"President Bush has been able to mobilize his manifest failure as a political asset, and the Kerry campaign has allowed him to do so," he says. There were many points at which this war could've been a "success" (under several definitions) - but now, "thinking people," he argues, can't really call the war anything besides an unmitigated failure. And the failure is working for Bush because:
Recently, President Bush has sought -- with real success -- to edge Iraq out of the campaign dialogue by putting the issue back on to Kerry, asking what he would do differently and how it would produce a better result.I would insert a "should" in the last sentence because I don't think Americans know it's Bush's fault. They don't seem to call him on it, anyway. Part of me can't wait for 20 years to pass so this election really can be studied in a less passionate way. But it's those 20 years that make me passionate now. For whatever criticisms Dems and Reeps have of Kerry, the fact remains this election is about so much more than just one man. It's about 1000 and rising in Iraq; 3000 in New York and Washington,DC; 10,000 more in Iraq (not in U.S. uniforms); it's about unexplained explosions in North Korea; heavy-water factories in Iran; lost friends in Europe; and the world's tenuous hold on peace. And why on earth would we leave even four of those next 20 years in the hands of the man who got us into this mess to begin with? If someone can give me a good reason - and no horses-in-midstream or they'll-come-after-us-more reasons will do, thanks - to give Bush one more chance with my personal safety, I'll gladly listen. But save the fear tactics for someone less thoughtful. I'm not buying it anymore.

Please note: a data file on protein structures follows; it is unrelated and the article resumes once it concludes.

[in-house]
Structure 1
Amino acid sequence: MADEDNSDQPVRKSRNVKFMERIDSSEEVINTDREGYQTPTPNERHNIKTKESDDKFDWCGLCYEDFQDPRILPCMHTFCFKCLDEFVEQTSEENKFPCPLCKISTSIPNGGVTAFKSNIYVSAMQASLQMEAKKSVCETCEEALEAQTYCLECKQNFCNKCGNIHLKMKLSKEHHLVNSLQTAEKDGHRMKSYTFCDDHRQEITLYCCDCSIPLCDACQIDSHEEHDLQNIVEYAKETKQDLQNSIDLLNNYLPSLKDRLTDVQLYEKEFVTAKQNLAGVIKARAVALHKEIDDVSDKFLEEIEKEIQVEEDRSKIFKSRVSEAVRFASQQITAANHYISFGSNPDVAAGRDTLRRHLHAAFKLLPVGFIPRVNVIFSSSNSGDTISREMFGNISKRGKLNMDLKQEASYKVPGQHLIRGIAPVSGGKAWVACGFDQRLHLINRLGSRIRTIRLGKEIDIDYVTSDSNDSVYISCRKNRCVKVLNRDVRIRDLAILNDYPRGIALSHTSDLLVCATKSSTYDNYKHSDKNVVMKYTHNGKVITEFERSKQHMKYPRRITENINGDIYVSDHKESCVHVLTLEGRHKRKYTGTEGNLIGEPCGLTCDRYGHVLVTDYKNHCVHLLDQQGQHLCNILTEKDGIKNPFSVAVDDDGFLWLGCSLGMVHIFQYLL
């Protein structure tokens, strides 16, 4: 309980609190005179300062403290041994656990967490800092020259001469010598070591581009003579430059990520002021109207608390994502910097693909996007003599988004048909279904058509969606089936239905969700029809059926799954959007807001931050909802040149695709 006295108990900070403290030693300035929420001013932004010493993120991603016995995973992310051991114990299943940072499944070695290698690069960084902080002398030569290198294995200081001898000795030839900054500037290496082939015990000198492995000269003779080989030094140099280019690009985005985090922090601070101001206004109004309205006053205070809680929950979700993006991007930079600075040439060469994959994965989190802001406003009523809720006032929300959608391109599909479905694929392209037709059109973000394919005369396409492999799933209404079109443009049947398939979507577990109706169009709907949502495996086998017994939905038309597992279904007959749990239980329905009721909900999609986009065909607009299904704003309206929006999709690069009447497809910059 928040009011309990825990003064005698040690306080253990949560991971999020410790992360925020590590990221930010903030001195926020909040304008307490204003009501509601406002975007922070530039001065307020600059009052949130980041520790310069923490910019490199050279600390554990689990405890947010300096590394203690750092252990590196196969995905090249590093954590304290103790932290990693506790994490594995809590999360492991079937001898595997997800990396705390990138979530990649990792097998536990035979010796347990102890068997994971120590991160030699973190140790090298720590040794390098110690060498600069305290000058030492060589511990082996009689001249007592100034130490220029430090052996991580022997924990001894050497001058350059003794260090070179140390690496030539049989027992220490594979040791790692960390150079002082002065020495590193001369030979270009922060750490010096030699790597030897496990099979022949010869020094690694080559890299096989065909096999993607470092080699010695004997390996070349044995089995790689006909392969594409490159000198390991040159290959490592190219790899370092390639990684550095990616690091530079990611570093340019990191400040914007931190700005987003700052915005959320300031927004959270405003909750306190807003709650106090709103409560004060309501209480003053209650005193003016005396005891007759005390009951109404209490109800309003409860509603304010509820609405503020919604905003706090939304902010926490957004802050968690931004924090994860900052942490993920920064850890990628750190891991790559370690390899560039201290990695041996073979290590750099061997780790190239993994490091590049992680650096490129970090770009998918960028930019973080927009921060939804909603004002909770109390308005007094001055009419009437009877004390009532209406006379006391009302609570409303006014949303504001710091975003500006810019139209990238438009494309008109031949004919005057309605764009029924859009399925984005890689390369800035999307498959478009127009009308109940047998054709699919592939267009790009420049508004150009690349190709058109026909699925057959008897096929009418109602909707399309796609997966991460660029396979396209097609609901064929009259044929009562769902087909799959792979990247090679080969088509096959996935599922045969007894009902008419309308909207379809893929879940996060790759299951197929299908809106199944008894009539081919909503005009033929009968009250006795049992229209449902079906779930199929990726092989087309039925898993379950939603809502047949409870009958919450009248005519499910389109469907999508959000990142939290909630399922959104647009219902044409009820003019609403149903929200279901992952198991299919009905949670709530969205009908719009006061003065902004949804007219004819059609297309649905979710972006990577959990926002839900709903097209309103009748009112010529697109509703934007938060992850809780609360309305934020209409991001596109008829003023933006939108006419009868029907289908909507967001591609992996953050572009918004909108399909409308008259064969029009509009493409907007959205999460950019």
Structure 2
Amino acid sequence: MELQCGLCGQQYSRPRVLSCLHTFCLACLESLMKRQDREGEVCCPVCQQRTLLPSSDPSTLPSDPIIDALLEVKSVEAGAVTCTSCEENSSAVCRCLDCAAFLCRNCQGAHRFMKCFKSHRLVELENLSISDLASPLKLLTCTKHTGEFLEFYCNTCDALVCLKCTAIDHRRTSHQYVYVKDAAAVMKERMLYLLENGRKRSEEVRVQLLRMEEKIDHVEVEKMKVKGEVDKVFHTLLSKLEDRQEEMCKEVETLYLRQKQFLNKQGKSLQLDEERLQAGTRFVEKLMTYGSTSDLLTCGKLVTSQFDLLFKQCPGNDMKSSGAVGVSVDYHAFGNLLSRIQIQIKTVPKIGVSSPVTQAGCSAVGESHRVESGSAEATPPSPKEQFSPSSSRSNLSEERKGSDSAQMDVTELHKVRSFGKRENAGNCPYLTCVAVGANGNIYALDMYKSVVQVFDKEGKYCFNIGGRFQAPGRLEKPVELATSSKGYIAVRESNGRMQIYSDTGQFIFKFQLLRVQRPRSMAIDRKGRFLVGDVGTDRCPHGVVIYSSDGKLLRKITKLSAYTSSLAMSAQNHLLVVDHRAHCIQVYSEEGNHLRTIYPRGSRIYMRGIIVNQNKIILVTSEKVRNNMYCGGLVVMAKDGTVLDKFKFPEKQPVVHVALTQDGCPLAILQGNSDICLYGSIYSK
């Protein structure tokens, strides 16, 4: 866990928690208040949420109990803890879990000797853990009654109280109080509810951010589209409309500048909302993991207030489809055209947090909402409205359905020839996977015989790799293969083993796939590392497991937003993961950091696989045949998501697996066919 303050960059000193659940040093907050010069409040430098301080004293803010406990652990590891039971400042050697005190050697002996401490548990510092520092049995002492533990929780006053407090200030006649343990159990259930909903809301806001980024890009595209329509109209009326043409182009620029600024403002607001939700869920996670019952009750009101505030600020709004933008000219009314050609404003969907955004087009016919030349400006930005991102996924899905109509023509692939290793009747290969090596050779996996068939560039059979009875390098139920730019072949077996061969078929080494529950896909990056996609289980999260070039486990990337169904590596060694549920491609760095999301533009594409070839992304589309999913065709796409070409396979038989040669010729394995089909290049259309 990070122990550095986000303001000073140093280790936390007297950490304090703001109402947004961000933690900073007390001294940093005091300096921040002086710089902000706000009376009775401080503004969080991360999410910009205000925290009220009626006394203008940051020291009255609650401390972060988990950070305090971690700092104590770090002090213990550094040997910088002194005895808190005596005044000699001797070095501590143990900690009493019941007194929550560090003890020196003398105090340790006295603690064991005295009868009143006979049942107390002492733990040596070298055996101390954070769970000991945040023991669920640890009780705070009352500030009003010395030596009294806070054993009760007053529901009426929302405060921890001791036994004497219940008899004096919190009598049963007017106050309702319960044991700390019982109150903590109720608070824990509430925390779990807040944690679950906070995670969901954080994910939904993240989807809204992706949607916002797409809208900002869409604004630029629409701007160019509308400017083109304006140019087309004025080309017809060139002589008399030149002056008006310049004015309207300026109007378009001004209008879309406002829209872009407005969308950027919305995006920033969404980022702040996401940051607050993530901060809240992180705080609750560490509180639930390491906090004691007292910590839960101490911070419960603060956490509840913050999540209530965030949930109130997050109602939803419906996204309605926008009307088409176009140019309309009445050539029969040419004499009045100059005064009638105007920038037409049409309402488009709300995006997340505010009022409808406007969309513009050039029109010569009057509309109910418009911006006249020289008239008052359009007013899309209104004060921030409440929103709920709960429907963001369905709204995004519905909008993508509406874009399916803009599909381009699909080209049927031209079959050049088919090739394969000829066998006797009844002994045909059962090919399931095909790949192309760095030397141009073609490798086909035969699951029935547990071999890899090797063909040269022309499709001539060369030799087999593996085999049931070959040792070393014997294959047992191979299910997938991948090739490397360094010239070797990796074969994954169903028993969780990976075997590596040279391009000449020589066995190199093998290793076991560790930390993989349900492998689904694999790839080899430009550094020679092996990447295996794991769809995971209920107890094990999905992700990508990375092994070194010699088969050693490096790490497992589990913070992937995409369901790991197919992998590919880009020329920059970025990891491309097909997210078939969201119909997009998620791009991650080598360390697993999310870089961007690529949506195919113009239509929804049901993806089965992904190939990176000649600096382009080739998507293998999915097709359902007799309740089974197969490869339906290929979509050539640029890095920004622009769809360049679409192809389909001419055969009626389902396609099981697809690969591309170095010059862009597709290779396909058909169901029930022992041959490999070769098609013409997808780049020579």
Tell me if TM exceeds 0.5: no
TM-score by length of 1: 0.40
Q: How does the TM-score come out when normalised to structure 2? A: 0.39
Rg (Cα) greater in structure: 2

This puts Kerry in a bit of a bind because the politically-unspeakable answer here is that there are no good solutions anymore. A year ago, even six months ago, there
were. Now, there really aren't.
President Bush at least has a straightforward approach: denial. Pressed to come up with a soundbite-able and practical policy, Kerry is, well ... hard-pressed.
(As I said, President Bush, in this way, has managed to derive political advantage from the magnitude of his own failure.)
Politically, Kerry needs to ignore the commentators who will press him to come up with a twenty point plan that will immediately rectify the situation in Iraq. Yes, he needs to give an idea of what he'll do if and when he takes over. But the emphasis should be on the undeniable fact that though the way forward may be murky, the last person you want to lead the country down that foggy path is the guy who screwed everything up so badly in the first place.
As my friend John Judis noted recently, the key to winning an election is often simply a matter of bringing to the surface of the public consciousness what voters already really know. They know Iraq is a disaster. They know it's President Bush's fault.